her debtors. This means that they can delay payment of your bill as long as possible;
Only the last item above relates to the client being a bad payer. All the other items above relate to
the Fee Earner being a bad debt manager.
As most accounting packages only categorise debts up to 120 days, all debts payable for longer
than 120 days (i.e. 150 days or 180 days) are also marked as 120-day debtors. Your 120-day
debtors are therefore all your debtors older that 120 days and are very bad.
Your debtors could be categorised as follows:
• Current = ”Great, we need a lot of these” Green Light
• 30-days = ”Great, we need a lot of these, but let’s get it paid” Green Light
• 60-days = ”It’s really time to get it paid” Orange Light
• 90-days = ”This is bad, something’s wrong” Red Light
• 120-days = ”We have a serious problem!” Red Light
When the debt does not get paid, the firm’s cashflow suffers and the firm has to keep the doors
open with other money.
Level of outstanding debtors and what if those levels are exceeded
If we had to wait 90 days for all our debts to be paid, we would be out of business soon. It is,
however, often difficult to avoid such debtors and our firm assumes that it is acceptable to have a
certain amount of debts older than 90 days.
Certain firms like MacRobert Incorporated, assume that a Fee Earner’s debtors on 90 days and
older may not exceed 50% of that Fee Earner’s average monthly fee. Bonuses may be
jeopardized by exceeding these limits.
An analysis indicates the following:
• If your fee for March (the first month in the financial year) is R100,000.00, your debtors on 90
days and older should not exceed R50,000.00 (50% of your average monthly fee).
• If your fee for April (the second month in the financial year) amounts to R90,000.00, (and
your average monthly fee has now reduced to R95,000.00), your debtors on 90 days and
older should not exceed R47,500.00 (50% of your average monthly fee).
• If your fee for May (the third month in the financial year) amounts to R65,000.00, (and your
average monthly fee has now reduced to R85,000.00), your debtors on 90 days and older
should not exceed R42,500.00 (50% of your average monthly fee).
(We would like to work towards decreasing this percentage to 30% of your average monthly fee,
but that will take time. We may see a drop in the acceptable level to 40% next year and 30% in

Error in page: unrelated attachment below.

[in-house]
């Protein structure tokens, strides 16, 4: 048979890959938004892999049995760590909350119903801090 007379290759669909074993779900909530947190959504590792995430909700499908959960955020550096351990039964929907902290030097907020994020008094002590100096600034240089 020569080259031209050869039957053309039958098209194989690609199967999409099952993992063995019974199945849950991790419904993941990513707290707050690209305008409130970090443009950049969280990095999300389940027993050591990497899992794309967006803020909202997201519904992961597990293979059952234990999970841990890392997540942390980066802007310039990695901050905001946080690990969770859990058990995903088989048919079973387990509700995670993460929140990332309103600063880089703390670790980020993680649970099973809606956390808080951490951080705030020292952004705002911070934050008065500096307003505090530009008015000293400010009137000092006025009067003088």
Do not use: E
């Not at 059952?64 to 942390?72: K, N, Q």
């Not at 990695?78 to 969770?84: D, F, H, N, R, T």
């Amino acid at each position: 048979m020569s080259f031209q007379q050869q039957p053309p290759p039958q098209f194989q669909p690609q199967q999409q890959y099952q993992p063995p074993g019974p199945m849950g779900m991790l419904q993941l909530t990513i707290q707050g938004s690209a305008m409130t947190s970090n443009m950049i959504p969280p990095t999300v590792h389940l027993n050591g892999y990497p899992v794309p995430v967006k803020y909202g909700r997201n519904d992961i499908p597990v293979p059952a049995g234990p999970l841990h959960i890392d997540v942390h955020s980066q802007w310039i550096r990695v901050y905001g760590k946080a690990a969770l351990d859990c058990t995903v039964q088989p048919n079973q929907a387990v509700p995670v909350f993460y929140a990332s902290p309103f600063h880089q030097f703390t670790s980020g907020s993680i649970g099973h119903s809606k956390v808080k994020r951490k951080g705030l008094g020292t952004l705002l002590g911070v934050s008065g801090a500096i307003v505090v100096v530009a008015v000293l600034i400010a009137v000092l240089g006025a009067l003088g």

the year after.)
Make sure you get your age analysis from Accounts
As it is ultimately your responsibility, as the Fee Earner on the file, to collect all outstanding
debits, you should ensure that you are equipped with all the tools to do so. Your age analysis is
one of the tools available to enable you to successfully control your debtors.
The age analysis will be produced by the Accounting Division at the end of every month, and will
be forwarded on to you. If you do not receive this shortly after month-end, you should make
urgent enquiries, as you are ultimately responsible for managing your own debtors.
Mistakes on debit notes and reversal of fees
If a fee has been incorrectly debited it needs to be reversed. Please be aware of the fact that your
fees will reduce with the amounts reversed or written off. This may affect your performance
relating to making your fee target.
Trust credits and the transfer to our Business Account
Quite often your client pays his account and the money is paid into our Trust Account. This
remains in the Trust Account as a credit and will not be transferred to our Business Account
unless you instruct the Accounting Division to do so.
Money paid into our Trust Account with the intention of settling a claim or paying a purchase price
of fixed property, does not belong to us and cannot be transferred to our Business Account. Only
the fee portion of whatever is paid into our account is our money and can be transferred to our
The Law Society regards taking your client’s trust money as a cardinal sin. At MacRobert
Incorporated, we add to that and regard not transferring your fee portion to the Business Account
as equally bad.
Neglecting the transfer of your trust credits to the Business Account, will result in the following:
• Your age analysis will not decrease;
• The firm’s cashflow will deteriorate;
• Your client will get a month-end statement reflecting amounts due and payable that have, in
fact, already been paid.
Bills received from Advocates and Experts
If you instruct an advocate or an expert on a file, you will receive a bill from that person and you
will be expected to pay it. You will therefore be expected to collect payment of these bills from the
client. Expenses such as these also reflect on your age analysis.
In some cases, firms make use of the equivalent of an in-house counsel. The fees debited by or
on behalf of such an “in-house counsel” must also be collected by the Fee Earner.
Taking deposits and topping up when required
Every now and then one receives an instruction from a client that you do not know. Usually, you
have no assurance that this client will pay your bills.
As the Fee Earner is responsible for all debits on a file and poor performance in this regard could
detriment the chances of receiving a bonus, every Fee Earner in this position should consider
taking a proper deposit from the client.
Often, a Fee Earner takes a deposit which is far too little to cover all the debits and you still have
the same end result … an outstanding amount on your age analysis.
When you tell a client “Please pay me a deposit of R5,000.00” the client hears that “The case will
cost R5,000.00”. He then cannot understand how you can charge him more in the end of the day.
Make sure that you use the correct language and put everything in writing. The following is an
example of how you could word your letter:
“We are currently unable to estimate the full extent of the costs in this
matter as it will be influenced by the amount of time spent on the matter